Throughout Art History—another origami dispatch from mumblecore associate Joe Swanberg’s inner circle—men ask Josephine Decker if she’s all right. The first time it happens, she has just tugged a condom down co-star Kent Osborne’s member during what turns out to be a film shoot. Looming by the bed with a low-slung camera, Swanberg calls cut and checks in with his naked actress. The answer comes in the film’s final moments, but the rest of Art History is caught up in the disingenuousness of the question. Although half of the film passes without a clear shot of Decker’s face, we linger on Swanberg brooding at his laptop, where he edits another semi-core collage as his actors slide from improv into the real thing in the next room. Jealousies and contempt begin swirling like the shadows in numerous night-swimming sequences. The contrast between the clinically bright sex scenes—every freckle and tuft of peach fuzz are clarified in high definition—and the dark lyricism of the house where they are shooting is stark but inscrutable. Swanberg has discovered lighting and mood—to occasionally stunning effect. Perhaps in some future memo from the front lines of indie-sploitation, he will unite them with story and more than a superficial nod to character.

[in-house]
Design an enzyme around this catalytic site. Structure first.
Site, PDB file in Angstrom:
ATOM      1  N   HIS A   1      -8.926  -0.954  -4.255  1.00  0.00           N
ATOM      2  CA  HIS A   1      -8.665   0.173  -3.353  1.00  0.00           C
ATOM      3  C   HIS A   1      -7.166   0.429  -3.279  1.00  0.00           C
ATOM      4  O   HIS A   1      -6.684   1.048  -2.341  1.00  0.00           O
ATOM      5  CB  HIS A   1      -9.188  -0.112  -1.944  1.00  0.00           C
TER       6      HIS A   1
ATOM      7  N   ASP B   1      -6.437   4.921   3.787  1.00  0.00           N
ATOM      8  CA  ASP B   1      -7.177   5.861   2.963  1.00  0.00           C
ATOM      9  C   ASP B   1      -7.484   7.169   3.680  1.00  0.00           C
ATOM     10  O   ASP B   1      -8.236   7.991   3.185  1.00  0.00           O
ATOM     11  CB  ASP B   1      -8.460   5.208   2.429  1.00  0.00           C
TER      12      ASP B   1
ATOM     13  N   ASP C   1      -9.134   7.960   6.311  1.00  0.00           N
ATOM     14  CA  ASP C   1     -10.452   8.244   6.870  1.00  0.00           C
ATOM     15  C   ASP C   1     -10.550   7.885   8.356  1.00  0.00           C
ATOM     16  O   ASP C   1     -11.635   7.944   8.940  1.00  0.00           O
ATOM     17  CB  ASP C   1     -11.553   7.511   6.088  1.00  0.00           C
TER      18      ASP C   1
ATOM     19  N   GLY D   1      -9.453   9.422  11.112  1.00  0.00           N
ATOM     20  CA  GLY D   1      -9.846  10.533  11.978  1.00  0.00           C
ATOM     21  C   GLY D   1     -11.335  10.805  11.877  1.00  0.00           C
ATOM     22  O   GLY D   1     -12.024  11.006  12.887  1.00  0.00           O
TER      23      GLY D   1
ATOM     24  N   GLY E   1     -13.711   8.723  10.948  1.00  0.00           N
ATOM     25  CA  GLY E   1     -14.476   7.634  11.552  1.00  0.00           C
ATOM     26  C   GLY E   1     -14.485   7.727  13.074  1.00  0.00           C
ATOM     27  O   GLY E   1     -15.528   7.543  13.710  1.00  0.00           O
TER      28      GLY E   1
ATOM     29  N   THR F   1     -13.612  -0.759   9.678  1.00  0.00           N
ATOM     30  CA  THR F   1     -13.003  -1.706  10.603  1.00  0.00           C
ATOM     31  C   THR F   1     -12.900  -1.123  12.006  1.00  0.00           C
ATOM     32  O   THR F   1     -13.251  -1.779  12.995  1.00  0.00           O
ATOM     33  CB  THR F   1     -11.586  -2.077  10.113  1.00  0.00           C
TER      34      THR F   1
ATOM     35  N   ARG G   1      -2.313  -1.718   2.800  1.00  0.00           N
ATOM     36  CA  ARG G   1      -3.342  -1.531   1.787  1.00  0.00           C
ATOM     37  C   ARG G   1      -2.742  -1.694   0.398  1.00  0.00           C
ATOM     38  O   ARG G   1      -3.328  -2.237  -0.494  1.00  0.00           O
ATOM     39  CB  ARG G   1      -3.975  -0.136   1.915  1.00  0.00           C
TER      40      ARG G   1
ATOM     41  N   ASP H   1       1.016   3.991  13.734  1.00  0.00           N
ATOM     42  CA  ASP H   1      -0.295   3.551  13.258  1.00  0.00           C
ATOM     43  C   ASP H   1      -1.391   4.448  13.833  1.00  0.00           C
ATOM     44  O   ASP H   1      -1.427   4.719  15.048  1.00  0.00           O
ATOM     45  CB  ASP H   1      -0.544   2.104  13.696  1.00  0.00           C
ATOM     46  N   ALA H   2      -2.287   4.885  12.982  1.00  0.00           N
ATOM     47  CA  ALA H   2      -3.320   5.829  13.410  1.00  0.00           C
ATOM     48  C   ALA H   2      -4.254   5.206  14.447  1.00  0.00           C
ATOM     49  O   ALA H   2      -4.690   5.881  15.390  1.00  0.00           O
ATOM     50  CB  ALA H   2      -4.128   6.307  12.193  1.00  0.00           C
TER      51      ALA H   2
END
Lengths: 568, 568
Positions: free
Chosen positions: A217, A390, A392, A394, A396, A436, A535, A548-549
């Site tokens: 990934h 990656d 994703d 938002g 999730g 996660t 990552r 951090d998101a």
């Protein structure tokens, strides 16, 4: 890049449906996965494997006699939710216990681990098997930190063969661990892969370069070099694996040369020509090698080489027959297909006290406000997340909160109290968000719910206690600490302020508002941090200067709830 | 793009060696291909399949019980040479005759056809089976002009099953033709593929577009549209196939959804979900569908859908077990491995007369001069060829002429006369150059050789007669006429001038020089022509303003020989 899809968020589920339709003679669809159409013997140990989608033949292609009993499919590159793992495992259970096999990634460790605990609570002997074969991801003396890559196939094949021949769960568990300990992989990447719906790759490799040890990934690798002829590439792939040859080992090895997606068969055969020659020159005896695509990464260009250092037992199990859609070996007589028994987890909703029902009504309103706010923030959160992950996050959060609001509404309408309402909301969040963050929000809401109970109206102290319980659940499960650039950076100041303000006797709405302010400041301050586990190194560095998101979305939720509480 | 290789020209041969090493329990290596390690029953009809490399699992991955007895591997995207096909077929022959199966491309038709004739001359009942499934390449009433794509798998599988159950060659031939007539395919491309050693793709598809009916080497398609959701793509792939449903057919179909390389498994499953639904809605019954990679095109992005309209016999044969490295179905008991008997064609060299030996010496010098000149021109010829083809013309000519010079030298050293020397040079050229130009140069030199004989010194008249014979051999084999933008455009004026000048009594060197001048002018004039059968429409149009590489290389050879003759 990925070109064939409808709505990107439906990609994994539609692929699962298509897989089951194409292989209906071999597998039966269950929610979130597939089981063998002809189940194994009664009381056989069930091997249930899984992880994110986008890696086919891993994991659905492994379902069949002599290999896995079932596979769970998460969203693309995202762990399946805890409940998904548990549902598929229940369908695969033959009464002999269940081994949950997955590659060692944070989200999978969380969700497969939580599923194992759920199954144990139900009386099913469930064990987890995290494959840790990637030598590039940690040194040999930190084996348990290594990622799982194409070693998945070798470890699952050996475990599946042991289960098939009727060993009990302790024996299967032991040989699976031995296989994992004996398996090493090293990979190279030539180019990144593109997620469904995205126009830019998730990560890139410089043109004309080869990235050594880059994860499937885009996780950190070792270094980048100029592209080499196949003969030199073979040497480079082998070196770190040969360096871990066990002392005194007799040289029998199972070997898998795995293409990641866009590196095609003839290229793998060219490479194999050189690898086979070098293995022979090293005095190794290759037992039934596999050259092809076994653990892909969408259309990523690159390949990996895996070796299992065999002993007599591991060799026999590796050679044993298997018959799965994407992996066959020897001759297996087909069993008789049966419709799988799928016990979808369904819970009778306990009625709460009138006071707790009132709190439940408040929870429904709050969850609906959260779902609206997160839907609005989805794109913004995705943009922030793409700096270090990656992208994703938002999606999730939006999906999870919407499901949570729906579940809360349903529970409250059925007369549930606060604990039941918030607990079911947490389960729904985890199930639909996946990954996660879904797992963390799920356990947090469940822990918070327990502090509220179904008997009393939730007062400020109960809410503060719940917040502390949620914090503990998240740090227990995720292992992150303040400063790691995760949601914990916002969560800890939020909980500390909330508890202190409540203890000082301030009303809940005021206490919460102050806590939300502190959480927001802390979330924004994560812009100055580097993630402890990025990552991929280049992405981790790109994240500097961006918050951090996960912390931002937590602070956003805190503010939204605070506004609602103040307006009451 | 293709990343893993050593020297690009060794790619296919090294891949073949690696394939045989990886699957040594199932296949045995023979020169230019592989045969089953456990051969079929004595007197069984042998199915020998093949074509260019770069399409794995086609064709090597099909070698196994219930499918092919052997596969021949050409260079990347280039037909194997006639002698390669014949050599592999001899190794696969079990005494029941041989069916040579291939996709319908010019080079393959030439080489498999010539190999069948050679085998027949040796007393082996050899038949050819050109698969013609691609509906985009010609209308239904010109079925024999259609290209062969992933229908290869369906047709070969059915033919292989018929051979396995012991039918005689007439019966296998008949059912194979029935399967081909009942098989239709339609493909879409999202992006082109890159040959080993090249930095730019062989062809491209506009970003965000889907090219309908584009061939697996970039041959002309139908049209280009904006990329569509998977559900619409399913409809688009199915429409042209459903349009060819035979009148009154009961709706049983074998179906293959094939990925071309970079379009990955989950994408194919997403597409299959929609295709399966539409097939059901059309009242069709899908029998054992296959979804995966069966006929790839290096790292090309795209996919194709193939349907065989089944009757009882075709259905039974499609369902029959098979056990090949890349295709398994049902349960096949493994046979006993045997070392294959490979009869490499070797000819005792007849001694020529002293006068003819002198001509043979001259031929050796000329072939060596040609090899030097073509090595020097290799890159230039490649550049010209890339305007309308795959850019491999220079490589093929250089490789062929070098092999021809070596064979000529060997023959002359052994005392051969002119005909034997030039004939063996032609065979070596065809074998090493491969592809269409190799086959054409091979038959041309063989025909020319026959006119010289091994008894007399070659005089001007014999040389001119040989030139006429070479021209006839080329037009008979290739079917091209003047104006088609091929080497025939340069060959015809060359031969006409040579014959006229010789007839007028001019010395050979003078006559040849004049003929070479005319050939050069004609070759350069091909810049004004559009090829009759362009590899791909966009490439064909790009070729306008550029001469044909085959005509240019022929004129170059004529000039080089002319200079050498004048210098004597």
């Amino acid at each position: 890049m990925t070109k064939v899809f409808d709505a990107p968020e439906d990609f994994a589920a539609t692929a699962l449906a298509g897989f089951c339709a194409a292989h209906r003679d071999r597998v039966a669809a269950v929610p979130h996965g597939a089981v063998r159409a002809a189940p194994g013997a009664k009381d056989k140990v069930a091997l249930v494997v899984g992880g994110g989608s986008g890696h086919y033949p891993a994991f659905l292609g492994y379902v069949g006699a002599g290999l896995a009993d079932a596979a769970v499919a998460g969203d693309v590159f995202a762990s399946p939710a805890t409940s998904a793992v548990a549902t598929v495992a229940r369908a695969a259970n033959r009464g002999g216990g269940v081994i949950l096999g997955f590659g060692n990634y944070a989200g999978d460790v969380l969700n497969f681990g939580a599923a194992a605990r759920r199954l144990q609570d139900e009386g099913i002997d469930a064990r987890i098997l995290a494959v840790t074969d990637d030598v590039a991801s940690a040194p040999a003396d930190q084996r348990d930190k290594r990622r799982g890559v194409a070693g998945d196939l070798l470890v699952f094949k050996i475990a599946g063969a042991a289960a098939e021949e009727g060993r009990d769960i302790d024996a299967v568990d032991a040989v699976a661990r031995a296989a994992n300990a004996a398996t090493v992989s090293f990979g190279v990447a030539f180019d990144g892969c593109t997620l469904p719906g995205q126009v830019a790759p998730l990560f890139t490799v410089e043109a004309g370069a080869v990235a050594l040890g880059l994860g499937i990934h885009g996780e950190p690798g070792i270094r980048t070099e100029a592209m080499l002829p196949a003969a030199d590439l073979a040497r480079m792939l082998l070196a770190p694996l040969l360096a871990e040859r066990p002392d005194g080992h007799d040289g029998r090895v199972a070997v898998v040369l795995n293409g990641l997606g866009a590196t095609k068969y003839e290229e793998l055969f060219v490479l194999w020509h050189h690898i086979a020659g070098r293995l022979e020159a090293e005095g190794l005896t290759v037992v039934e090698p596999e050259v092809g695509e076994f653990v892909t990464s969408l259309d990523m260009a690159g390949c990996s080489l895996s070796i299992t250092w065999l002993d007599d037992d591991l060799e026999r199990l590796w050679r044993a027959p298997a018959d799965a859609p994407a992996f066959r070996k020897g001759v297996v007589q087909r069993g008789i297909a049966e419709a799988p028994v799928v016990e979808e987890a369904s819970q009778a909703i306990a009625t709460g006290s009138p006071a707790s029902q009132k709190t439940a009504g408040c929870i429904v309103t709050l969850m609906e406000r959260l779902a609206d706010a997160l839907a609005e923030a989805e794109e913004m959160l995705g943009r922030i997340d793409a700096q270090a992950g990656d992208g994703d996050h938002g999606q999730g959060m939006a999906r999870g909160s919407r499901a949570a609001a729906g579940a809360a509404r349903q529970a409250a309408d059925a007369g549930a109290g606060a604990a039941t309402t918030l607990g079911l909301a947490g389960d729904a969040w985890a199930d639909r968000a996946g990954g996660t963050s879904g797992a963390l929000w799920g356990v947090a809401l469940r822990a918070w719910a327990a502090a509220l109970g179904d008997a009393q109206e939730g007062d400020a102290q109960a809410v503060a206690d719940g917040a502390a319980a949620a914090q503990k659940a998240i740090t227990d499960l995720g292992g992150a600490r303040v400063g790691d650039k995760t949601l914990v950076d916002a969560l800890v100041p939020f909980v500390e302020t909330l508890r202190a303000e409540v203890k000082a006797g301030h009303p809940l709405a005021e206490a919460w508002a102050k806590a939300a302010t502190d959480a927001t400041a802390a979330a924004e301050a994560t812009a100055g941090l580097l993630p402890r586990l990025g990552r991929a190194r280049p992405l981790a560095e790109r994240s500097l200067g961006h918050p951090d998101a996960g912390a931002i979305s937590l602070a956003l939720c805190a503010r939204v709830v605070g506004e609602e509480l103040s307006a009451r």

This article from the Village Voice Archive was posted on September 21, 2011